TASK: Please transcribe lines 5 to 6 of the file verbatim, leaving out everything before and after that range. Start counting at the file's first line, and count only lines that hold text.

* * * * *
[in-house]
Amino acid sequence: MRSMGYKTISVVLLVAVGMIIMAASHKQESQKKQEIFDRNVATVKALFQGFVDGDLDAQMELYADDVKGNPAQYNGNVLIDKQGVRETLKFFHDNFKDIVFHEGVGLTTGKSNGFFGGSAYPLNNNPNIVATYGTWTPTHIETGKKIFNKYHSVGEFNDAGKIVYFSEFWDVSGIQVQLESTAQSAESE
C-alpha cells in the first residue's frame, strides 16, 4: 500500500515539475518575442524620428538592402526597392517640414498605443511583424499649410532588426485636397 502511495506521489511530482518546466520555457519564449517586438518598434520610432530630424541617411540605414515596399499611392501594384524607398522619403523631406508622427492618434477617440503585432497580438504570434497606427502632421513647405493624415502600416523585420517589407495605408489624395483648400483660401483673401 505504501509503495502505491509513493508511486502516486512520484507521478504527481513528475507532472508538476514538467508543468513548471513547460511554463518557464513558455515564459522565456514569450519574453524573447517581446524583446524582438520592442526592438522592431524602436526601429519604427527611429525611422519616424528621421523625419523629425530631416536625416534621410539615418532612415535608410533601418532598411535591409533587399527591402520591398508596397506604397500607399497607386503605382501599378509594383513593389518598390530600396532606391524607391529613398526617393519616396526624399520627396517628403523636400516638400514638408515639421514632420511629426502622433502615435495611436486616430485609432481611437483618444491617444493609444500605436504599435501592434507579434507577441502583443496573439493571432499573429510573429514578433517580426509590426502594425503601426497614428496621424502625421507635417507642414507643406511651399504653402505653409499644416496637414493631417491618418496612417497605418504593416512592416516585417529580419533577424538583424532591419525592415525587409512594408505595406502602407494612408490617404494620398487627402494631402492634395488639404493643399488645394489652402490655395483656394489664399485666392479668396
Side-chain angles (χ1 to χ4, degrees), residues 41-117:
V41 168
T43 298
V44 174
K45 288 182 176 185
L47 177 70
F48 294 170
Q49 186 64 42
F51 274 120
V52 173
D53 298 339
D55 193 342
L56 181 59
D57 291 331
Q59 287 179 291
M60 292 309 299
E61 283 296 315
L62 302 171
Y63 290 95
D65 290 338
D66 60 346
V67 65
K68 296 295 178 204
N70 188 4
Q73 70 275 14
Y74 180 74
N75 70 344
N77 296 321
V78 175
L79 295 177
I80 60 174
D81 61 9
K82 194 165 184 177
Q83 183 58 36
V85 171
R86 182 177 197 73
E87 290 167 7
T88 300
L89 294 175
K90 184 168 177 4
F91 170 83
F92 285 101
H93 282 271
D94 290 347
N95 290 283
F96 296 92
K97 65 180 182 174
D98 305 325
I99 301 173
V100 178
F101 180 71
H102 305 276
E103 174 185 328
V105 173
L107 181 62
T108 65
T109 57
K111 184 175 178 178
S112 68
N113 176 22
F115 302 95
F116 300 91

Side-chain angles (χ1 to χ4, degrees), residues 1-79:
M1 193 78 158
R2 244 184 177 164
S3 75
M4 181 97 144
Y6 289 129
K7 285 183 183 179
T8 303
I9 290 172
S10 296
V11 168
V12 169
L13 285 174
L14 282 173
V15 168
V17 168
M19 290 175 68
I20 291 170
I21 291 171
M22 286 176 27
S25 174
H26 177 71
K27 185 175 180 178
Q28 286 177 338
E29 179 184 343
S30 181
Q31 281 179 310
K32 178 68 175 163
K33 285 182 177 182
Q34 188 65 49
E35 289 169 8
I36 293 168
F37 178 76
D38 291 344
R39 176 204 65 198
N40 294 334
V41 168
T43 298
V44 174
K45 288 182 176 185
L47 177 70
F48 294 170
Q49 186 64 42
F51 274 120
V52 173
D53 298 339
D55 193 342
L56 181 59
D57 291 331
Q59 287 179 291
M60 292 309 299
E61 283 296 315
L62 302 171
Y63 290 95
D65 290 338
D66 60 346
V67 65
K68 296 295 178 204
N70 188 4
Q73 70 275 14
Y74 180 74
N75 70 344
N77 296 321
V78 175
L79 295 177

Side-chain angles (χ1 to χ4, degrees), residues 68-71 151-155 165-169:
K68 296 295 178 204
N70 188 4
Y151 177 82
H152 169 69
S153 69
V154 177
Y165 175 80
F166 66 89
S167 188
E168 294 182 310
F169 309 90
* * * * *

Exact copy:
V41 168
T43 298